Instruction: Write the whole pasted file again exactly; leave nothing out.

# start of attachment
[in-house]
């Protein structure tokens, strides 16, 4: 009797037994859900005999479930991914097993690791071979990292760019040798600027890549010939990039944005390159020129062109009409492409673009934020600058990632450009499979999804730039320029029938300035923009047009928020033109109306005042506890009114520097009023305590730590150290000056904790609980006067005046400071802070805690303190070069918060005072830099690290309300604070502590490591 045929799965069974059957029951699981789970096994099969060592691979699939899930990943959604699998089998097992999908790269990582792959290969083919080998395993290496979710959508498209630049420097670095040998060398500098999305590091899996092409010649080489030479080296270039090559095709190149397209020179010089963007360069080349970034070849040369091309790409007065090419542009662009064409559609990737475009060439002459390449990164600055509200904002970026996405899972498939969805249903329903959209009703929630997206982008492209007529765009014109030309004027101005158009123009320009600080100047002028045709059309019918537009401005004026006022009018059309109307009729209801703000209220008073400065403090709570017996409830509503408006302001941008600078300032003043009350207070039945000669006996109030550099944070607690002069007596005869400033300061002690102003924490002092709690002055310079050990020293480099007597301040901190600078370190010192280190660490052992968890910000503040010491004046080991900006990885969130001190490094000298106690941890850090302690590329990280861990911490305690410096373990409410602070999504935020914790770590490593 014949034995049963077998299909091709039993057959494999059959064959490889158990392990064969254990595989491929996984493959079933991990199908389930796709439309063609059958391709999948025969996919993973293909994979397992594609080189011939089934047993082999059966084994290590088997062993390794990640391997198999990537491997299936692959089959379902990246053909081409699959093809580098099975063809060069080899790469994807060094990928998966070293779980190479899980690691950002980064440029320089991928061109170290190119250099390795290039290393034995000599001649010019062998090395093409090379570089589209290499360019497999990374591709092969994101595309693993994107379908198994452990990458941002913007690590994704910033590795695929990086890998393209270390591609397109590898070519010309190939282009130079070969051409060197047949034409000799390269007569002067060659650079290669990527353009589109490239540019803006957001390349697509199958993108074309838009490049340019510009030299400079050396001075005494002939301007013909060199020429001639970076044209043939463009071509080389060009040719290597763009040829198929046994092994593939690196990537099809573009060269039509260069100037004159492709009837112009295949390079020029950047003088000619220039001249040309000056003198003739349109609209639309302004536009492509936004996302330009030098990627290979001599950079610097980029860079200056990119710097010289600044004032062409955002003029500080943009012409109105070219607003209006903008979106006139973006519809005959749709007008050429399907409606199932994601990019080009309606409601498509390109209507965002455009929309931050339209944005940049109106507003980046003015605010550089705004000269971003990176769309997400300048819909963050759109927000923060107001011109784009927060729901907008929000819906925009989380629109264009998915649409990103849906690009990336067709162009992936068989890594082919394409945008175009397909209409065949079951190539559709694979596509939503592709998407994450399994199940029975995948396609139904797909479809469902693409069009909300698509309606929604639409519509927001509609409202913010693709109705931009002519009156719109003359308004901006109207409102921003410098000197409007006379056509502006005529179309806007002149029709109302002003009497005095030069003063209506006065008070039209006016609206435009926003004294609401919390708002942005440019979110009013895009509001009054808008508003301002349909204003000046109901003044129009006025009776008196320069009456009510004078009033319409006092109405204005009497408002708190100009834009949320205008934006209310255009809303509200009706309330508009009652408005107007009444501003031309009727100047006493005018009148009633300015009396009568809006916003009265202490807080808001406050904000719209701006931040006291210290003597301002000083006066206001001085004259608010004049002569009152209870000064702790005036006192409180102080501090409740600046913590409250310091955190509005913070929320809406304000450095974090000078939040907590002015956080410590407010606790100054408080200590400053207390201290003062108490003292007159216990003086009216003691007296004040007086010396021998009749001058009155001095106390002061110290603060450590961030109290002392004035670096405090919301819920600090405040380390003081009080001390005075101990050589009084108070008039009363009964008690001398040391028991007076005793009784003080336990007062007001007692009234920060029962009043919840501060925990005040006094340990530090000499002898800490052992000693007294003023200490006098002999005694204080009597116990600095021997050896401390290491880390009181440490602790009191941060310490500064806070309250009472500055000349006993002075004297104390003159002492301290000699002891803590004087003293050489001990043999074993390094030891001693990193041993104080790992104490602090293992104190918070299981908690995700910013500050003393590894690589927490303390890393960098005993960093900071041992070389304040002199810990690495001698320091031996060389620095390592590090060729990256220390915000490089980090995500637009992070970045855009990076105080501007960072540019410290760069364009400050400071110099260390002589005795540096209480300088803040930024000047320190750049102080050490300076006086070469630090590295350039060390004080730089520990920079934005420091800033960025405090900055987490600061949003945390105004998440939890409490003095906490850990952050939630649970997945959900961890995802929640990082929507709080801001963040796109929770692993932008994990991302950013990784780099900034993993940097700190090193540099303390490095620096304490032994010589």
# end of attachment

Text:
[in-house]
């Protein structure tokens, strides 16, 4: 009797037994859900005999479930991914097993690791071979990292760019040798600027890549010939990039944005390159020129062109009409492409673009934020600058990632450009499979999804730039320029029938300035923009047009928020033109109306005042506890009114520097009023305590730590150290000056904790609980006067005046400071802070805690303190070069918060005072830099690290309300604070502590490591 045929799965069974059957029951699981789970096994099969060592691979699939899930990943959604699998089998097992999908790269990582792959290969083919080998395993290496979710959508498209630049420097670095040998060398500098999305590091899996092409010649080489030479080296270039090559095709190149397209020179010089963007360069080349970034070849040369091309790409007065090419542009662009064409559609990737475009060439002459390449990164600055509200904002970026996405899972498939969805249903329903959209009703929630997206982008492209007529765009014109030309004027101005158009123009320009600080100047002028045709059309019918537009401005004026006022009018059309109307009729209801703000209220008073400065403090709570017996409830509503408006302001941008600078300032003043009350207070039945000669006996109030550099944070607690002069007596005869400033300061002690102003924490002092709690002055310079050990020293480099007597301040901190600078370190010192280190660490052992968890910000503040010491004046080991900006990885969130001190490094000298106690941890850090302690590329990280861990911490305690410096373990409410602070999504935020914790770590490593 014949034995049963077998299909091709039993057959494999059959064959490889158990392990064969254990595989491929996984493959079933991990199908389930796709439309063609059958391709999948025969996919993973293909994979397992594609080189011939089934047993082999059966084994290590088997062993390794990640391997198999990537491997299936692959089959379902990246053909081409699959093809580098099975063809060069080899790469994807060094990928998966070293779980190479899980690691950002980064440029320089991928061109170290190119250099390795290039290393034995000599001649010019062998090395093409090379570089589209290499360019497999990374591709092969994101595309693993994107379908198994452990990458941002913007690590994704910033590795695929990086890998393209270390591609397109590898070519010309190939282009130079070969051409060197047949034409000799390269007569002067060659650079290669990527353009589109490239540019803006957001390349697509199958993108074309838009490049340019510009030299400079050396001075005494002939301007013909060199020429001639970076044209043939463009071509080389060009040719290597763009040829198929046994092994593939690196990537099809573009060269039509260069100037004159492709009837112009295949390079020029950047003088000619220039001249040309000056003198003739349109609209639309302004536009492509936004996302330009030098990627290979001599950079610097980029860079200056990119710097010289600044004032062409955002003029500080943009012409109105070219607003209006903008979106006139973006519809005959749709007008050429399907409606199932994601990019080009309606409601498509390109209507965002455009929309931050339209944005940049109106507003980046003015605010550089705004000269971003990176769309997400300048819909963050759109927000923060107001011109784009927060729901907008929000819906925009989380629109264009998915649409990103849906690009990336067709162009992936068989890594082919394409945008175009397909209409065949079951190539559709694979596509939503592709998407994450399994199940029975995948396609139904797909479809469902693409069009909300698509309606929604639409519509927001509609409202913010693709109705931009002519009156719109003359308004901006109207409102921003410098000197409007006379056509502006005529179309806007002149029709109302002003009497005095030069003063209506006065008070039209006016609206435009926003004294609401919390708002942005440019979110009013895009509001009054808008508003301002349909204003000046109901003044129009006025009776008196320069009456009510004078009033319409006092109405204005009497408002708190100009834009949320205008934006209310255009809303509200009706309330508009009652408005107007009444501003031309009727100047006493005018009148009633300015009396009568809006916003009265202490807080808001406050904000719209701006931040006291210290003597301002000083006066206001001085004259608010004049002569009152209870000064702790005036006192409180102080501090409740600046913590409250310091955190509005913070929320809406304000450095974090000078939040907590002015956080410590407010606790100054408080200590400053207390201290003062108490003292007159216990003086009216003691007296004040007086010396021998009749001058009155001095106390002061110290603060450590961030109290002392004035670096405090919301819920600090405040380390003081009080001390005075101990050589009084108070008039009363009964008690001398040391028991007076005793009784003080336990007062007001007692009234920060029962009043919840501060925990005040006094340990530090000499002898800490052992000693007294003023200490006098002999005694204080009597116990600095021997050896401390290491880390009181440490602790009191941060310490500064806070309250009472500055000349006993002075004297104390003159002492301290000699002891803590004087003293050489001990043999074993390094030891001693990193041993104080790992104490602090293992104190918070299981908690995700910013500050003393590894690589927490303390890393960098005993960093900071041992070389304040002199810990690495001698320091031996060389620095390592590090060729990256220390915000490089980090995500637009992070970045855009990076105080501007960072540019410290760069364009400050400071110099260390002589005795540096209480300088803040930024000047320190750049102080050490300076006086070469630090590295350039060390004080730089520990920079934005420091800033960025405090900055987490600061949003945390105004998440939890409490003095906490850990952050939630649970997945959900961890995802929640990082929507709080801001963040796109929770692993932008994990991302950013990784780099900034993993940097700190090193540099303390490095620096304490032994010589």